Noguchi in Seattle
In 1967 Seattle was one of three cities to be awarded a grant by The National Foundation on the Arts and Humanities in the amount of $45,000 to go towards a public sculpture. Seattle was paired with the artist Isamu Noguchi who visited the city in the spring to scout a location—arriving at Volunteer Park in Seattle’s Capitol Hill neighborhood.
Noguchi envisioned creating a fluid and timeless work that would appear to move as the sun does, creating a kind of dialogue between the real sun and the artwork itself…Black Sun reflects the artist’s interest in circular shapes and in outdoor environments for sculpture. Noguchi rendered the stone to echo the organic forms found in nature.
—City of Seattle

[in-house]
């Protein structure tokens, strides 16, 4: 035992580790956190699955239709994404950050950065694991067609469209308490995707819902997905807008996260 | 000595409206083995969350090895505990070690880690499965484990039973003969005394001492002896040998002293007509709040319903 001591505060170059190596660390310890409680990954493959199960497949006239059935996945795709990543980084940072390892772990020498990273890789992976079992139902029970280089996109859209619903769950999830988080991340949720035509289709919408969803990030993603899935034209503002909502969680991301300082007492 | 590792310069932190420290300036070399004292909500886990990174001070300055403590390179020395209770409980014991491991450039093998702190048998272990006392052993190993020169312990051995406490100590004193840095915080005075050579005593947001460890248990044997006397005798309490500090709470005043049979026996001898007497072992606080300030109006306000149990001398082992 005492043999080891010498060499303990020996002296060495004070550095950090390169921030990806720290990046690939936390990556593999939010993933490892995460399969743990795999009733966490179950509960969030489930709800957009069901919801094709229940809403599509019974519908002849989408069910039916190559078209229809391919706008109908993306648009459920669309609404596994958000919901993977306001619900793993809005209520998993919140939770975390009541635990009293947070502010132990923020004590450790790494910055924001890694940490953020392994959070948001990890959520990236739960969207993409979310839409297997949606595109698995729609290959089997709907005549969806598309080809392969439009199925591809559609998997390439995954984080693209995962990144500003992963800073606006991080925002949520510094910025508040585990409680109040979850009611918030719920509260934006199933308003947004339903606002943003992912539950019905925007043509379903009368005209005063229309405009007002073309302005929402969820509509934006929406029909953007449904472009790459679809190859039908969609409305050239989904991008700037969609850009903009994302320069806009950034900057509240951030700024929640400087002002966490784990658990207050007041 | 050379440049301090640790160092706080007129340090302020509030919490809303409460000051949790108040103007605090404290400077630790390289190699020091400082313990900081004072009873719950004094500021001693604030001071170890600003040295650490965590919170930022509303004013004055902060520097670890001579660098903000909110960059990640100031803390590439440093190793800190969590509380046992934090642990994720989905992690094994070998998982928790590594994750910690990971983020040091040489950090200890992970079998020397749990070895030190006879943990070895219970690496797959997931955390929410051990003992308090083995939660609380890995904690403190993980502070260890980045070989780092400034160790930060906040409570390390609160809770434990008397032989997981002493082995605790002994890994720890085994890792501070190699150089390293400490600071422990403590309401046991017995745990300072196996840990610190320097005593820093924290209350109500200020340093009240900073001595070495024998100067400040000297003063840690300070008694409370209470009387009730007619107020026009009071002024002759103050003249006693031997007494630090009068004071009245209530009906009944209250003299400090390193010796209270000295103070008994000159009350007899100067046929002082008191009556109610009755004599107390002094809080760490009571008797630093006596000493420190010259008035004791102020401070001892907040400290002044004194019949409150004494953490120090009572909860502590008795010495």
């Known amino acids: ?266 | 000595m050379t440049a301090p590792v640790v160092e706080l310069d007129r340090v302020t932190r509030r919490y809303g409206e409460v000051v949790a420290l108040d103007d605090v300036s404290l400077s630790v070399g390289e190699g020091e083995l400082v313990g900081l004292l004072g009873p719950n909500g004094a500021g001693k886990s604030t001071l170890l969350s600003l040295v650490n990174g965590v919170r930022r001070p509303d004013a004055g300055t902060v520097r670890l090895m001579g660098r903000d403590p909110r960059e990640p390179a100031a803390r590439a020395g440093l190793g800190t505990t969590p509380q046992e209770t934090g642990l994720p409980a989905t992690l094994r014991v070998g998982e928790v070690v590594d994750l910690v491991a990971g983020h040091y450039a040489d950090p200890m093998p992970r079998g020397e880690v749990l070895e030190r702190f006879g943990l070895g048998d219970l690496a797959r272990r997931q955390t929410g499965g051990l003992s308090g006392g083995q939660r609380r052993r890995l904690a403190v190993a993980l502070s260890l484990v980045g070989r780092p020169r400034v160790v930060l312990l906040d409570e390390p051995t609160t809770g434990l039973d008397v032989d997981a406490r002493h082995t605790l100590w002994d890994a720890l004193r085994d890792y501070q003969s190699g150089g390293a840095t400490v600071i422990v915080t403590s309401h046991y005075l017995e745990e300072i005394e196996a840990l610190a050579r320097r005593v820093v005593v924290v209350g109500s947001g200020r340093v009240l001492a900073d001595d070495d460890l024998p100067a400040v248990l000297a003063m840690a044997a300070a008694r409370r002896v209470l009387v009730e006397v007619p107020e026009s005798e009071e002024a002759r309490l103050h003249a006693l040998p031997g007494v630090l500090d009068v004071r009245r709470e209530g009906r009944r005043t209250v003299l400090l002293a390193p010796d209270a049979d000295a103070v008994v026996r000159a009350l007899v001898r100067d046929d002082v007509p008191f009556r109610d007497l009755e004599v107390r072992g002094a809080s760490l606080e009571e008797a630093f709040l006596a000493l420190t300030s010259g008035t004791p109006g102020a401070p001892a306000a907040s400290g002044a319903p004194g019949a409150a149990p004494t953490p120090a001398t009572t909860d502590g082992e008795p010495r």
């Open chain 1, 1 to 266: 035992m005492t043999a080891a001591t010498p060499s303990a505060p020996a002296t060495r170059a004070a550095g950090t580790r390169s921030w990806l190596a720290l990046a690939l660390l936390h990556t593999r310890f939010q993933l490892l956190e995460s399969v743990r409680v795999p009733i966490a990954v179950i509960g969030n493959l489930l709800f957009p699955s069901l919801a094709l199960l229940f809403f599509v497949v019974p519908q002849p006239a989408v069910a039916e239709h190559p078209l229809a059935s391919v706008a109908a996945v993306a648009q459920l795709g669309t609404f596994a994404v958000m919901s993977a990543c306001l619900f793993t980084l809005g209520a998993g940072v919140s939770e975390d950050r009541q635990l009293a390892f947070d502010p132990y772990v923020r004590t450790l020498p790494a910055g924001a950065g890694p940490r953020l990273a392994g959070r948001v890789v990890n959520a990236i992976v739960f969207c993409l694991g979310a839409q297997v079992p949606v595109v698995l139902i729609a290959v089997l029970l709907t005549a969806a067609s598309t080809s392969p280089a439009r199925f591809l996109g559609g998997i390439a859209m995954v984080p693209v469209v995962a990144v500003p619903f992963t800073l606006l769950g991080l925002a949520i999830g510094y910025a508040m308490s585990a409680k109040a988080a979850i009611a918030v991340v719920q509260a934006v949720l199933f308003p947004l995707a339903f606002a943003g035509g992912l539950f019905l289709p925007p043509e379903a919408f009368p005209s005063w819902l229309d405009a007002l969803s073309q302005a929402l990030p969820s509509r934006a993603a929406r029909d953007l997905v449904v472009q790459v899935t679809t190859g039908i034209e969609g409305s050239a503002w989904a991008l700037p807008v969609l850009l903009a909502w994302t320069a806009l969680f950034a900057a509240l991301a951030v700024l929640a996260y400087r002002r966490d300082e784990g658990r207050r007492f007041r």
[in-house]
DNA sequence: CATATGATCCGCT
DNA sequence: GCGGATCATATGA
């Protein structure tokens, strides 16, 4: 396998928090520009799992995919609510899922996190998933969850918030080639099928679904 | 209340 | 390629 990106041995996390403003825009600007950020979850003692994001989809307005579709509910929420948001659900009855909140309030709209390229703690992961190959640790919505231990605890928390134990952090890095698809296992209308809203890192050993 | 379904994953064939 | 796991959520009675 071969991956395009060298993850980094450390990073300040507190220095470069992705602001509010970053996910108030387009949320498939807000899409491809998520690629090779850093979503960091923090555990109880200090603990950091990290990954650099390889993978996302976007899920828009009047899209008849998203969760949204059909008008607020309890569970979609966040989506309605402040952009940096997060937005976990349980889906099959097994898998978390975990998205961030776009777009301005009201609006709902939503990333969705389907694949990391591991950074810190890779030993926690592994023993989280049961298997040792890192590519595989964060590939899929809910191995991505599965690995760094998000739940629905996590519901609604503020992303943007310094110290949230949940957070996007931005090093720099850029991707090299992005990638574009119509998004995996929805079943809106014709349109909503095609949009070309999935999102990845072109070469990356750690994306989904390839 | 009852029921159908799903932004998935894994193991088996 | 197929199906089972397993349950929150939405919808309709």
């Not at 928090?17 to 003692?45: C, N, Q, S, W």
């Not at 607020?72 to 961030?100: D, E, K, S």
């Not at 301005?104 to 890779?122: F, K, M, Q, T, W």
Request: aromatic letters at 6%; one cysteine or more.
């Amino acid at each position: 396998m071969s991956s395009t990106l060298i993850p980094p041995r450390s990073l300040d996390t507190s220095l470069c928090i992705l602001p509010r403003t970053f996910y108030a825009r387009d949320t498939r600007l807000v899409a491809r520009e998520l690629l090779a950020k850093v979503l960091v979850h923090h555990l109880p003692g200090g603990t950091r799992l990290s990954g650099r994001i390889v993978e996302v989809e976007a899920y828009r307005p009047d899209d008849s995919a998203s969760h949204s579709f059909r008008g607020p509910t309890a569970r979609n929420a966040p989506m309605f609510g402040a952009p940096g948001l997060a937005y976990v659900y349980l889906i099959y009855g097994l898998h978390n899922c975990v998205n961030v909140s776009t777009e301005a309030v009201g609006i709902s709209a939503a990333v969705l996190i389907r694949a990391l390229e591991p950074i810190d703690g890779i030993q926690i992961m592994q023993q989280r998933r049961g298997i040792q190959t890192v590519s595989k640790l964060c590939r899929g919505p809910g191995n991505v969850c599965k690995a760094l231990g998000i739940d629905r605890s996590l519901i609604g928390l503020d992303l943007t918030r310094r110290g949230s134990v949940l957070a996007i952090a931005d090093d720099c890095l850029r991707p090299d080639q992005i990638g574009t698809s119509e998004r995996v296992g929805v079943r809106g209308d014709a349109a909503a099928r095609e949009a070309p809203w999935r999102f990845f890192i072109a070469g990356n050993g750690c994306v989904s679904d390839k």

The sculpture intended for the spot was initially 30 inches in diameter but after visiting the site, Noguchi proposed two alternate and larger scale versions. Increasing the scale also meant increasing the budget and The Seattle Art Museum, directed by Dr. Richard Fuller at the time, was able to match the funds of the grant to make a 9-foot sculpture a reality.
Black Sun was carved in Japan from a ten-by-ten-foot block of black granite sourced from Brazil. Noguchi teamed with the stonecutter, Masatoshi Izumi; it took eleven stonecutters eight months to complete the sculpture and in 1969 it traveled overseas to the United States.
The present lot is a maquette made in an edition of fifty-seven in 1971. Noguchi gifted eight of these examples to people who helped support the realization of the project; the remaining examples were sold in The Seattle Art Museum's gift shop to help fund the museum.